Celestial (5)

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1720 Homann, Doppelmayr & Eimmart Antique Twin Hemisphere Celestial Chart, Map. Planisphaerium Caeleste

1720 Homann, Doppelmayr & Eimmart Antique Twin Hemisphere Celestial Chart, Map. Planisphaerium Caeleste

Description:
This magnificent original hand coloured copper plate engraved antique double hemisphere celestial chart, showing constellations of the northern and southern hemispheres depicted as allegorical figures, animals and scientific instruments after Georg Christoph Eimmart (1638-1705) was published by Johann Baptist Homann and Johann Gabriel Doppelmayr (1677-1750) in ca 1720.

The stars are shown in six degrees of magnitude according to a key in the center between the hemispheres. The selection and style of the constellations followed that of Firmamentum Sociescianum sive Uranographia (1687) by the Polish astronomer Johannes Hevelius, whose name is noted in the subtitle of the chart. The subtitle further indicates that the chart also draws on the work of Edmund Halley, the British astronomer for whom Halley’s Comet is named. There are numerous variants of this chart published in Germany in the 18th century; this example, Planispaerium Caeleste by Homann, bears the name of the firm (Officina Homanniana) under the border in the lower margin, together with the name of Georg Christoph Eimmart (1638-1705), the Nuremberg astronomer.

General Definitions:
Paper thickness and quality: - Heavy and stable
Paper color : - off white
Age of map color: - Original
Colors used: - Yellow, green, blue, pink
General color appearance: - Authentic
Paper size: - 25in x 21 1/2in (635m x 545mm)
Plate size: - 23in x 19 1/2in (585mm x 495mm)
Margins: - Min 1/2in (12mm)

Imperfections:
Margins: - None
Plate area: - None
Verso: - None

Background:
The outer borders of the chart are decorated with six inset diagrams against a background of clouds including the planetary models of Tycho Brahe, Ptolemy, and Copernicus. The other 3 diagrams show the illumination of the moon by the sun, the revolution of the earth around the sun, and the effect of the moon on tides.
Various firms in Amsterdam, Nuremberg and Augsburg published double hemisphere constellation charts based on the work of George Eimmart titled Planispaerium Caeleste or Planisphaerium Coeleste during the first eight decades of the 18th century, which can be divided fundamentally into two different versions. The prolific Nuremberg publisher Johann Baptist Homann first published Planispaerium Caeleste in his Neuer Atlas in 1707, bearing the inscription Opera G.C. Eimmarti. prostat in Officina Homanniana, meaning Work of Georg Christoph Eimmart offered for sale by the Homann Workshop. That chart has six inset diagrams. Scholar Robert H. van Gent notes the existence of similar prints of this format published by de Wit, Funck, Schenck, and Lotter, as well as by R. & J. Ottens in Amsterdam. The other versions vary more considerably with the inclusion of a seventh inset diagram and a figural illustration in the upper center. These include ones published by Melchior Rein in Augsburg and by Georg Matthäus Seutter (1647–1756) in Nuremberg.
Johann Gabriel Doppelmayr and Johann Baptist Homann were frequent collaborators in producing celestial and astronomical charts for atlases published by Homann and issued under various titles. The major two compilations of Dopplemayr’s works were published by Homann Heirs: Atlas Coelestis in quo Mundus Spectabilis et in Eodem Stellarum Omnium Phoenomena Notabilia, issued as 30 plates in 1742, and the revised edition of this work Atlas Novus Coelestis, in quo Mundus Spectabilis, et in Eodem tam Errantium quam Inerrantium Stellarum Phoenomena Notabilia, issued in 1748 (with an additional plate depicting the solar eclipse of 1748).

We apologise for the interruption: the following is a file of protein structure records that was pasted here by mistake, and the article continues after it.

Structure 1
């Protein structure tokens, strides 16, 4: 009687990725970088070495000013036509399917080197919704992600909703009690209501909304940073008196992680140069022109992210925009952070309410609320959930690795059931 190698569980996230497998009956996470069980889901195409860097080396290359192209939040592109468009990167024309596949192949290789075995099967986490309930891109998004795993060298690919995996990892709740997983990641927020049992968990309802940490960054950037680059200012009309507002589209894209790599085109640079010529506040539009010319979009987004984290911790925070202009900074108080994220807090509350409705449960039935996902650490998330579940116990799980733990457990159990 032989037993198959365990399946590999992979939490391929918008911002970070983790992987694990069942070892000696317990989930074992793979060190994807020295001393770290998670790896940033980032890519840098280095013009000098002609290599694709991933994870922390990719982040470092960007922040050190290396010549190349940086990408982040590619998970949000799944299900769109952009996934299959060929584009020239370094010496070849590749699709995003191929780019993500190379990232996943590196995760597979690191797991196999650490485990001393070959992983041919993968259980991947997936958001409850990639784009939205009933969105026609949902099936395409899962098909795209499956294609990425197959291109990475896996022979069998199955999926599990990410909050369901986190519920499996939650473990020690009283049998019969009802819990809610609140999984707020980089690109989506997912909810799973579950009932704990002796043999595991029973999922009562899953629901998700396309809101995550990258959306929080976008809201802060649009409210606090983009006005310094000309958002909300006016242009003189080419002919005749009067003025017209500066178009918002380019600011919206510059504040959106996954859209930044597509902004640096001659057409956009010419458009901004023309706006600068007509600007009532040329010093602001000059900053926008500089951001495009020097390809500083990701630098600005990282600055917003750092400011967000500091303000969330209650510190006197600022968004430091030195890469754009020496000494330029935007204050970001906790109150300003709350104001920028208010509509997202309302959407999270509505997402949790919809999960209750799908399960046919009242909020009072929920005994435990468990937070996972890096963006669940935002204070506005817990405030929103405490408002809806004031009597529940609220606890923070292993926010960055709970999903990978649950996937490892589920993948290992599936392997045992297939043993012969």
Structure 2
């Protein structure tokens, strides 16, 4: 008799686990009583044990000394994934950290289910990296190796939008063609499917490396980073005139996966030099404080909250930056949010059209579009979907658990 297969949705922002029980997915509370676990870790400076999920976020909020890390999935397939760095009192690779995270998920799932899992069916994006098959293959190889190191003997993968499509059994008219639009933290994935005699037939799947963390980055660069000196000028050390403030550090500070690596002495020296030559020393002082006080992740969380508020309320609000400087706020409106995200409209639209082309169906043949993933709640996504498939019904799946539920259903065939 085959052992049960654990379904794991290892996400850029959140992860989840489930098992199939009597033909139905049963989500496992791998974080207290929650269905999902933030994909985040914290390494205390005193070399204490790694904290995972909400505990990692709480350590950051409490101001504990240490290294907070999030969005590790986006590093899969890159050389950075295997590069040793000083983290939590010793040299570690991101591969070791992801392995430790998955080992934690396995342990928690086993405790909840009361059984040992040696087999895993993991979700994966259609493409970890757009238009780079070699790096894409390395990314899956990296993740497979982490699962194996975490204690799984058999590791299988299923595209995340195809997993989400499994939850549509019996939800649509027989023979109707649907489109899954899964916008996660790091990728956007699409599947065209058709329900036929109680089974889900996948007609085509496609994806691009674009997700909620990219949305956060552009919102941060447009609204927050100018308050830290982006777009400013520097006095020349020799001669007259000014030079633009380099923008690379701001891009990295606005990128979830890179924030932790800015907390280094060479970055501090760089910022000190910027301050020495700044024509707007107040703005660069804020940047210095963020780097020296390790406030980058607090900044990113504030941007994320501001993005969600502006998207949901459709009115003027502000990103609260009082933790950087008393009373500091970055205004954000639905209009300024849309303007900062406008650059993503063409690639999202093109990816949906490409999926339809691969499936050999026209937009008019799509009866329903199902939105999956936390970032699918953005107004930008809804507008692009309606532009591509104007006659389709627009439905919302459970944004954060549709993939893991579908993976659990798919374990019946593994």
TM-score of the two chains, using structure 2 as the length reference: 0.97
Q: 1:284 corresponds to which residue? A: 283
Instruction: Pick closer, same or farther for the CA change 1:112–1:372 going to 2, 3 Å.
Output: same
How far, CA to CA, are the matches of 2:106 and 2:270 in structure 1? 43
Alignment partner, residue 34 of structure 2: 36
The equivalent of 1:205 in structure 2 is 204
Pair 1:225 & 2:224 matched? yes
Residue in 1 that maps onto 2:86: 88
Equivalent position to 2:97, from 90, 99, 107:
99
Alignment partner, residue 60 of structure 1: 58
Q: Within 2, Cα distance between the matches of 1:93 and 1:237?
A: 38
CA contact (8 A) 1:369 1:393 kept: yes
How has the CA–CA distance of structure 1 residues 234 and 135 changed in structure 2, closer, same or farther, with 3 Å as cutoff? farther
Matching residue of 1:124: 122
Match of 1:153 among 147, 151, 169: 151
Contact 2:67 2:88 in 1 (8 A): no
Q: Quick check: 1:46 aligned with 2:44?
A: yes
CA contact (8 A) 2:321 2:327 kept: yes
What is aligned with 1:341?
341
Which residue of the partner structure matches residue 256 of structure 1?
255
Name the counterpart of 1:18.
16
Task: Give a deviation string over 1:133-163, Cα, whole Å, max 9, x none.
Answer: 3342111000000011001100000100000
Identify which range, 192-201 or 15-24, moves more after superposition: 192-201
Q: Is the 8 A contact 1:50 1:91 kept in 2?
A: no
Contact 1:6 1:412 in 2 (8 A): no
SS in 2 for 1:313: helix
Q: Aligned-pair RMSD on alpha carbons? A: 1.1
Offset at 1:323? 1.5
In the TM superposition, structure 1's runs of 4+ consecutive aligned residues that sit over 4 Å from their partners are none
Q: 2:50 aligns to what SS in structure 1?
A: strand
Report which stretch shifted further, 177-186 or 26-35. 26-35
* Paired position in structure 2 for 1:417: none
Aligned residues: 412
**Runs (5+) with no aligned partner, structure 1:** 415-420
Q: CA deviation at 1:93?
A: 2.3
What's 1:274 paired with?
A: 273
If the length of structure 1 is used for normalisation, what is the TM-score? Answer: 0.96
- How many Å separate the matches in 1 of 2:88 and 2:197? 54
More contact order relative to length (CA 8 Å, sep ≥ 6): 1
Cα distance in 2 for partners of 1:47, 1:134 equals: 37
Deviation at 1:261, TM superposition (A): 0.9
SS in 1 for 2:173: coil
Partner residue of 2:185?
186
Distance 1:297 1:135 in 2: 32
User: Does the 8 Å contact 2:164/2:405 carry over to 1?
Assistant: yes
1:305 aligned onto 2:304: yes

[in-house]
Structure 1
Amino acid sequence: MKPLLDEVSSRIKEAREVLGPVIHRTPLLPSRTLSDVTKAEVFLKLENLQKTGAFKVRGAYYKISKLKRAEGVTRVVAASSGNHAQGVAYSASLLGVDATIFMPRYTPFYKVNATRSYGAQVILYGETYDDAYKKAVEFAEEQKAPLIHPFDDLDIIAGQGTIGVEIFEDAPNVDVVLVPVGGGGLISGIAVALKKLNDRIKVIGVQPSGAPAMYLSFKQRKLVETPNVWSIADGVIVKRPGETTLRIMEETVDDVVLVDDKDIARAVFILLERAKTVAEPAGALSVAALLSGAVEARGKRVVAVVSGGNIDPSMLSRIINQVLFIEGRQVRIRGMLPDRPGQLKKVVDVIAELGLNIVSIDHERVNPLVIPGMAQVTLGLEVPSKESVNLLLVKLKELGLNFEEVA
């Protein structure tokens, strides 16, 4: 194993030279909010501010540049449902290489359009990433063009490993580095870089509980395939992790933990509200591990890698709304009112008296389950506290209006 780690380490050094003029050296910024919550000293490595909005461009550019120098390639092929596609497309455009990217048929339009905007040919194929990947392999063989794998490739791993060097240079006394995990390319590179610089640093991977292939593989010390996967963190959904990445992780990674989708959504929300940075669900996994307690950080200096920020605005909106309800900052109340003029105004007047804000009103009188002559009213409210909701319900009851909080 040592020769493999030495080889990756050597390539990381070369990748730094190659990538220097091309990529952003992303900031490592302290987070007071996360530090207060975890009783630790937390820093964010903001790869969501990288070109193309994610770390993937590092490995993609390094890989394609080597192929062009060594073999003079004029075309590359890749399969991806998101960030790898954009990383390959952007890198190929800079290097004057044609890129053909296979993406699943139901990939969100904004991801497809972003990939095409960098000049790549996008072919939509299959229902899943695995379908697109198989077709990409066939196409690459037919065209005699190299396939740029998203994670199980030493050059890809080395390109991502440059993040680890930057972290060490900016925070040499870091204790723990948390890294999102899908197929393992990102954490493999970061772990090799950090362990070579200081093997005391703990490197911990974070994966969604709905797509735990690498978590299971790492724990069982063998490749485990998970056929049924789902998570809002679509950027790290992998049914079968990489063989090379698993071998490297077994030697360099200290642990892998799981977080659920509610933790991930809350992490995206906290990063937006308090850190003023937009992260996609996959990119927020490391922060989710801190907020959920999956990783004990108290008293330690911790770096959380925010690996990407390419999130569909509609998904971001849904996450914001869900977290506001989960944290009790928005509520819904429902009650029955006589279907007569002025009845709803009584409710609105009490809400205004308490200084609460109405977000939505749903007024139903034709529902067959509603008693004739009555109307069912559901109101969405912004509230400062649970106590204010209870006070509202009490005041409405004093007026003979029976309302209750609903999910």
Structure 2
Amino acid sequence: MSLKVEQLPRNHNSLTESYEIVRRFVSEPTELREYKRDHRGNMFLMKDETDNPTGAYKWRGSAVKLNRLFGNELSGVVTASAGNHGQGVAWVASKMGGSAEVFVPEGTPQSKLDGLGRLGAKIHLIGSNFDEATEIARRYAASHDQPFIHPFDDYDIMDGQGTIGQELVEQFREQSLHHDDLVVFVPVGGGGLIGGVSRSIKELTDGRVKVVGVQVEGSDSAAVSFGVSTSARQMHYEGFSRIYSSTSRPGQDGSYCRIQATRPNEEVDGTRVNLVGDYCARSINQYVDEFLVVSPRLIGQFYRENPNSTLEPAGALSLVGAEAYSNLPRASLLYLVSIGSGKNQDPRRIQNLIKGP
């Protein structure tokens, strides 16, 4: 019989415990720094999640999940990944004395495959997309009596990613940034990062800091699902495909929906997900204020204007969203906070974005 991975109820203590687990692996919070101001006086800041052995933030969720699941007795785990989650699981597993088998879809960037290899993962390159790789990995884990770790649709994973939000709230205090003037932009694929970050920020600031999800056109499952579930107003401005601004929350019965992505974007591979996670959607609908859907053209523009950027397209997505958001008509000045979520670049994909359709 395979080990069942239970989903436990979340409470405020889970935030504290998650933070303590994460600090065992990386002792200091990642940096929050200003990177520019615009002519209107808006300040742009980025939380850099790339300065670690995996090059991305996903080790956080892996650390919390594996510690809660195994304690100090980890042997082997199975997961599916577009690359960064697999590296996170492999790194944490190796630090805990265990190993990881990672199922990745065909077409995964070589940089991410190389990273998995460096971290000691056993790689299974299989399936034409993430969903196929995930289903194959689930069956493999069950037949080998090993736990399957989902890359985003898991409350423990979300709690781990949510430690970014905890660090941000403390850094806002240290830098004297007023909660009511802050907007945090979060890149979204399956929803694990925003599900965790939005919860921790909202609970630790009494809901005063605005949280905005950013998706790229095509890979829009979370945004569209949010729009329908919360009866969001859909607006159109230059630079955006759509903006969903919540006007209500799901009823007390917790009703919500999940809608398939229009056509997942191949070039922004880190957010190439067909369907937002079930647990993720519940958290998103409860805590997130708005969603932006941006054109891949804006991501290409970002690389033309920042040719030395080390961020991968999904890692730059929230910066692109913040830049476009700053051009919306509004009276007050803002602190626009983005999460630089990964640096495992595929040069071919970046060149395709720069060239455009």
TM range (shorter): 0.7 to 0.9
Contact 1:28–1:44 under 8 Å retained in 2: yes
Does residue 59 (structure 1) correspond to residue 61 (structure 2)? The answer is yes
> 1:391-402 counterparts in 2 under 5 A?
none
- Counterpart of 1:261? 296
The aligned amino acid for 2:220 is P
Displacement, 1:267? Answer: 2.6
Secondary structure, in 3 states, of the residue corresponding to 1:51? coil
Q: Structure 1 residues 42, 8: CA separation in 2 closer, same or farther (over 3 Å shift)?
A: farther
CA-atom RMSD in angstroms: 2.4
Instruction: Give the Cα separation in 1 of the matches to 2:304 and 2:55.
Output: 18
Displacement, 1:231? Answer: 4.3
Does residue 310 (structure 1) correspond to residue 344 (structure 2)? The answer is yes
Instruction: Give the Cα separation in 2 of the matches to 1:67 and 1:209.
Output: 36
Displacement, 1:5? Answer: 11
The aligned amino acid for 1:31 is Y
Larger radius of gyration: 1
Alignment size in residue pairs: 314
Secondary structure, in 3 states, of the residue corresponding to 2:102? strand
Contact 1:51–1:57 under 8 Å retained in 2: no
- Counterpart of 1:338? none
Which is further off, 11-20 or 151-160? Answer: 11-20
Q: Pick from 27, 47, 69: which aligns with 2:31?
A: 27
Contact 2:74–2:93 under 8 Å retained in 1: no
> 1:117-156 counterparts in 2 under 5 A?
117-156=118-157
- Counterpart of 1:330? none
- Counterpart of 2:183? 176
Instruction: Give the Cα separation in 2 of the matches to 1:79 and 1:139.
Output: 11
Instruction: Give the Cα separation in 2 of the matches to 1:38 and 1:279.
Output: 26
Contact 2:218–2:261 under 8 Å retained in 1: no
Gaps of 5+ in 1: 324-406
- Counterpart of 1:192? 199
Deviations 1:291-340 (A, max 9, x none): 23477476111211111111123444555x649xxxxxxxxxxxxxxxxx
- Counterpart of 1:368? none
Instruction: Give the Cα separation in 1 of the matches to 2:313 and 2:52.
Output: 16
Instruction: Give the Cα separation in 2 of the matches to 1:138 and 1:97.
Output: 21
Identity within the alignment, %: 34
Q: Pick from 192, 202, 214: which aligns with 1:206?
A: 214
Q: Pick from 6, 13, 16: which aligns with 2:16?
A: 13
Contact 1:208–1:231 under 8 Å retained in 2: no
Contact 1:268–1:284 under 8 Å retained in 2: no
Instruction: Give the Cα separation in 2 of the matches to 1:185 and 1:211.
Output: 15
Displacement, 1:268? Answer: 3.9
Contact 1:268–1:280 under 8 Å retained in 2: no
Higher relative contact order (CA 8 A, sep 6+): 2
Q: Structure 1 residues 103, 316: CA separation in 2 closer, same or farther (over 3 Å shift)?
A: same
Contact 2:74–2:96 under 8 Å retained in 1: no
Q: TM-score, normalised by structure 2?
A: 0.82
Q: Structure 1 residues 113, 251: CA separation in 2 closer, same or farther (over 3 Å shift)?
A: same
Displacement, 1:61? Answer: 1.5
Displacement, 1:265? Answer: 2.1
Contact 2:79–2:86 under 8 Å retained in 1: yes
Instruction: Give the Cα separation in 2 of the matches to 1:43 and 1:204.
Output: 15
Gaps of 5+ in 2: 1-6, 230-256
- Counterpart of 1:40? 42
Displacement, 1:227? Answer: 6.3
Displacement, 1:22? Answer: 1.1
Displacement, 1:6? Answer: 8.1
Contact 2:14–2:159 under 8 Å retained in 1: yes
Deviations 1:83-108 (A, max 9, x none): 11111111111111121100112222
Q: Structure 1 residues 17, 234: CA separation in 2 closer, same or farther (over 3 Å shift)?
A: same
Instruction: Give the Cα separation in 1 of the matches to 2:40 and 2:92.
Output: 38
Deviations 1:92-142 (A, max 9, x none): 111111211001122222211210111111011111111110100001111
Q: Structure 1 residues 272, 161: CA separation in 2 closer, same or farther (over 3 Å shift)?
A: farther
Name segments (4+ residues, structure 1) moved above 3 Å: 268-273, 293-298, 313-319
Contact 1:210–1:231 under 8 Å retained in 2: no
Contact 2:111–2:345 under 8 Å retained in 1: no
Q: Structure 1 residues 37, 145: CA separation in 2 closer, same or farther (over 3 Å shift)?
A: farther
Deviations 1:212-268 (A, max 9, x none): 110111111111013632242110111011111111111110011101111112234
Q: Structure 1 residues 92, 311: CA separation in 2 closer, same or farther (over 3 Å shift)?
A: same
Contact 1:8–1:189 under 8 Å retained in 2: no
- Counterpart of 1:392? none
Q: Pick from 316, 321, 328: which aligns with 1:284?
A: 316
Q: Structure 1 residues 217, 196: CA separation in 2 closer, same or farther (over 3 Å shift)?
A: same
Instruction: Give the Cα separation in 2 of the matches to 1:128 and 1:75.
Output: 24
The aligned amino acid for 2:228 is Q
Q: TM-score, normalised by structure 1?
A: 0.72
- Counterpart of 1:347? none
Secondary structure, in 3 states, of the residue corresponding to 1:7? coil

Nonetheless, these charts have a complicated publishing history that is not fully known. Some of these charts had appeared in earlier Homann editions such as his first atlas, the Neuer Atlas (Nuremberg: 1707), Atlas von Hundert Charten (Nuremberg: 1712), Grossen Atlas (Nuremberg: 1716), and Atlas Portatilis Coelestis (Nuremberg: 1723). Homann also issued geographical maps in various atlases that may have included celestial plates (particularly composite atlases), and Homann and his heirs presumably sold separately issued maps. Further, three additional celestial and astronomy plates have been located in at least one Homann celestial compilation atlas (1742, 1748, or later), though not among the 30 maps of the standard issue of Atlas Coelestis in quo Mundus Spectabilis, namely Sphaerarum Artificialium Typica Repraesentatio (globes and armillary sphere), Neu invertirte Geographische Universal (clock), and Planisphaerium Caeleste (double hemisphere celestial chart).
Doppelmayr, a professor of mathematics at the Aegidien Gymnasium at Nuremberg, was an acclaimed German geographer and astronomer who wrote on astronomy, geography, cartography, trigonometry, sundials and mathematical instruments. He was also involved in the production of globes as part of a larger goal to bring the scientific ideas of the Enlightenment to a broader public. In service of that idea, Doppelmayr translated several works into German including Nicholas Bion’s 1699 work L’usage des globes célestes et terrestes, et des sphères [The Usage of Celestial and Terrestrial Globes and of Spheres]. Doppelmayr was elected to several scientific societies, including the Berlin Academy of Sciences, the Royal Society and the St. Petersburg Academy of Sciences.

Please note all items auctioned are genuine, we do not sell reproductions. A Certificate of Authenticity (COA) can be issued on request.

$2,750.00 USD
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1712 J Senex & W Whiston Large Antique Astronomy Print of Planets & Solar System

1712 J Senex & W Whiston Large Antique Astronomy Print of Planets & Solar System

  • Title : A Scheme of the Solar System with the Orbits of the Planets and Comets belonging thereto, Described from Dr. Halley\'s accurate Table of Comets Philosoph, Transact. No. 297. Founded on Sr. Isaac Newton\'s wonderful discoveries By Wm. Whiston M.A.